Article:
Cool video but gimme dat ole time religion! https://www.youtube.com/watch?v=cVYaEyaYvCo
See if you can get bottle rockets where you live.
And that I should put quotes around the 1024??
You would read "1024" as 4 separate characters. Each digit comes in s-l-o-w-l-y compared to Arduino speed
. You need to check that all the digits come in (perhaps at least 1) and that not too many digits come in (at most 4?) and that a separator byte follows the digits (maybe a comma or linefeed or space, you decide) and that nothing but digits and separator come in (because the world is not perfect, errors happen).
You can read the characters into a char array (C string please, not
C++ String!) and add a terminating zero then use atoi() to turn that into a number or.....
You can set an int to zero and as you get each digit (checking limits, etc as above) multiply the int x 10 then add the ASCII digit you read minus '0' (so '0' - '0' = 0 to '9' - '0' = 9).
How it works:
byte digit; // I will read serial bytes into this
int total = 0; // I will build the result in this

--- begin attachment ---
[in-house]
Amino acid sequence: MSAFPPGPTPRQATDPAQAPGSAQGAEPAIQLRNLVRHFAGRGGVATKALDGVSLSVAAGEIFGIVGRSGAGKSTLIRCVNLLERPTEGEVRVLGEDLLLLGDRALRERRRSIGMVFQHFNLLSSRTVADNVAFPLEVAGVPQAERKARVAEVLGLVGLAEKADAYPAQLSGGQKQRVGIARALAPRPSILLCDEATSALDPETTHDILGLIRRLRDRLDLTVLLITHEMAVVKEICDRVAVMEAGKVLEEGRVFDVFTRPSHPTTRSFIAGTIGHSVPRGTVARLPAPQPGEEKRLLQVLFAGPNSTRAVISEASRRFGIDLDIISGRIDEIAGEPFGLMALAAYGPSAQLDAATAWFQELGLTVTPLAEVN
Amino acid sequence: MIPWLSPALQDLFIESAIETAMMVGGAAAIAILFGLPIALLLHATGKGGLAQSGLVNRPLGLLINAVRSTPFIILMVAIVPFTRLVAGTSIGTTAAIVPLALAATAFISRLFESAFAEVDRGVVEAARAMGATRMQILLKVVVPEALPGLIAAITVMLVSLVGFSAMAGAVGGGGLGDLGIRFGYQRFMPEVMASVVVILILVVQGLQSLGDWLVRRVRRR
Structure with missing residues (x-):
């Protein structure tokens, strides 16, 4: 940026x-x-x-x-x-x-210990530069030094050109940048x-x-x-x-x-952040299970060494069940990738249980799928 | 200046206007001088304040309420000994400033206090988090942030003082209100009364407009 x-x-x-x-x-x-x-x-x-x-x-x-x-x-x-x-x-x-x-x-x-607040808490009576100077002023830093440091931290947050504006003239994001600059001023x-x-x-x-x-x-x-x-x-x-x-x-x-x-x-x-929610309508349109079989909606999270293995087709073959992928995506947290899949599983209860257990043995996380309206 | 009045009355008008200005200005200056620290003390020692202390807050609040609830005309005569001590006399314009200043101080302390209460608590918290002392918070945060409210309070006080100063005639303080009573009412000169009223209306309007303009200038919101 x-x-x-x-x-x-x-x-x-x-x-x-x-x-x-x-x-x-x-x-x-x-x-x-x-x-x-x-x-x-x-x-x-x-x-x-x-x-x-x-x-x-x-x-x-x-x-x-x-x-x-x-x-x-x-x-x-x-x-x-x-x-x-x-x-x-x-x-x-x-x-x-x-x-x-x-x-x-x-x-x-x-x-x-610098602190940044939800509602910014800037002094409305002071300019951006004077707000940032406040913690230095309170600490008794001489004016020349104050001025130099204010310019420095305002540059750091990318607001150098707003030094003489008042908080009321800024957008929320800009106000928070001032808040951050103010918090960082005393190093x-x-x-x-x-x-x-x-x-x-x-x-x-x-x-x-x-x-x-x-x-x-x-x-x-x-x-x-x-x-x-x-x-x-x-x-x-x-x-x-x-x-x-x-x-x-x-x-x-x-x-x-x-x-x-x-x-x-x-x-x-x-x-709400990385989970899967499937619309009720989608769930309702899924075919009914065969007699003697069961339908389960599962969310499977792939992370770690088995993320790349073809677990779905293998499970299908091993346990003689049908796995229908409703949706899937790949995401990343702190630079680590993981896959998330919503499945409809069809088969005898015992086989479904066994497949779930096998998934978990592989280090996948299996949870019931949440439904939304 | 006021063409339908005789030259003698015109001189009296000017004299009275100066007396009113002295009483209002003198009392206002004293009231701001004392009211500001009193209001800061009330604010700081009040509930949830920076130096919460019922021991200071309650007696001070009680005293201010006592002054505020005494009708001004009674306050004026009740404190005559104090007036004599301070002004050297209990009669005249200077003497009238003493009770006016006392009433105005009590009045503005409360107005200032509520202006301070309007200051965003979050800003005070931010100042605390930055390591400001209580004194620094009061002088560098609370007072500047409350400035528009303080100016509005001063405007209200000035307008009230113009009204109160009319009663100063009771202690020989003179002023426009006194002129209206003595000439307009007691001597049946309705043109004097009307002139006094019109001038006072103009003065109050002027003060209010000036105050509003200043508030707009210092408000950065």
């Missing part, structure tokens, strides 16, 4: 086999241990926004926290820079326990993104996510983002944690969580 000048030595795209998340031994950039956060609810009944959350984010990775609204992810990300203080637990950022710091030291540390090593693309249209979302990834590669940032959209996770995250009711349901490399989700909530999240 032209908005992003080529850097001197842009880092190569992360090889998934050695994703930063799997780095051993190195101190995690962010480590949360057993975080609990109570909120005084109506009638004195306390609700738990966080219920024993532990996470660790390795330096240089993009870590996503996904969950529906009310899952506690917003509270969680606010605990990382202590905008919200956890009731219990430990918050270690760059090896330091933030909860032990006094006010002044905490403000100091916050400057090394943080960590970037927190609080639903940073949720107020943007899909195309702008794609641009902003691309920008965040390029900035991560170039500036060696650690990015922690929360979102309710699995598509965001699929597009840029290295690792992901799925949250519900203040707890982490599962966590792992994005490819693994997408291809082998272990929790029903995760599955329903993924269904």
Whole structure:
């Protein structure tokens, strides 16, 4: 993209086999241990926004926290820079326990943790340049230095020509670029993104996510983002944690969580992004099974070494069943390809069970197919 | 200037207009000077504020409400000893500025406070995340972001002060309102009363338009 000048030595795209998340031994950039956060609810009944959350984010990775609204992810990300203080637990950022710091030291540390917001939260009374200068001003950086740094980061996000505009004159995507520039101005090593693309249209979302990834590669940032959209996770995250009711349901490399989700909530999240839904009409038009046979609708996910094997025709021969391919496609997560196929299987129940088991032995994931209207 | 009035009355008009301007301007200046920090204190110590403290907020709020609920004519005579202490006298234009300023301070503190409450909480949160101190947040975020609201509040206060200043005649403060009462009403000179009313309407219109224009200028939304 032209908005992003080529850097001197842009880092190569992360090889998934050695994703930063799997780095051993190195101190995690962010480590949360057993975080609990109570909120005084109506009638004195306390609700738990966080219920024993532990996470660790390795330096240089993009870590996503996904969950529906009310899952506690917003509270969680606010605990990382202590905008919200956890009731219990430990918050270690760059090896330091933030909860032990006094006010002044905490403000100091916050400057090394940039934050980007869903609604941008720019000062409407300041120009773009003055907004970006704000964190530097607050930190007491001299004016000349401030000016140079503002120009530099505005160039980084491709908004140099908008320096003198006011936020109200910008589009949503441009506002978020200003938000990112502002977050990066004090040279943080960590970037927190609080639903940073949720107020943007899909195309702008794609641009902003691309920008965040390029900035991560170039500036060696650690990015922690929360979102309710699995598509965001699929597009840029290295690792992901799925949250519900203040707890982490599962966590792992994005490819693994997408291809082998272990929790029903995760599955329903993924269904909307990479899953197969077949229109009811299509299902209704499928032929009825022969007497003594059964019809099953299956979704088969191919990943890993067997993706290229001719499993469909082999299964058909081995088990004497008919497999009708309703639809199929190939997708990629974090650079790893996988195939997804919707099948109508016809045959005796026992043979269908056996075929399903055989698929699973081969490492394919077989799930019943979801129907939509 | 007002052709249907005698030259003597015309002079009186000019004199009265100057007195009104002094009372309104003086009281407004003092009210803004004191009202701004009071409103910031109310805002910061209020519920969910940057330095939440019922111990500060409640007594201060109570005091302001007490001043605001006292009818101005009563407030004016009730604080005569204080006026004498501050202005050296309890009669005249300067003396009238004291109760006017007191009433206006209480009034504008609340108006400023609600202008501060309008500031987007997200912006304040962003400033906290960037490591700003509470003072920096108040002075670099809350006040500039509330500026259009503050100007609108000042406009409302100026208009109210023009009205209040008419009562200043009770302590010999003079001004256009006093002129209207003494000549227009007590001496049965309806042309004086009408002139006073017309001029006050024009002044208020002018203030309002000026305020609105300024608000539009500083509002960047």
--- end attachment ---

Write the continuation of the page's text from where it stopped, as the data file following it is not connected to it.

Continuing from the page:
// I read '1' from serial into digit
total *= 10; // multiplies total * 10 and stores that into total, first time is 0 x 10 = 0
total += digit - '0'; // total now = 1
// I loop around, checking for digits and not over-length and with the rest, "024" total becomes;
// 1 x 10 + '0' - '0' = 10 + 0 = 10
// 10 x 10 + '2' - '0' = 100 + 2 = 102
// 102 x 10 + '4' - '0' = 1020 + 4 = 1024
If I read the separator after 1 or more digits I leave the loop and my result is in total.
If anything is wrong, I leave the loop with a variable set indicating error and result is bad.
Is that enough for you to code with? You can go either way.
For me, code is like the old puzzle games we had before hand calculators and PC's were around.
It can be a lot of fun and challenge, but once you add deadlines the fun and games are over.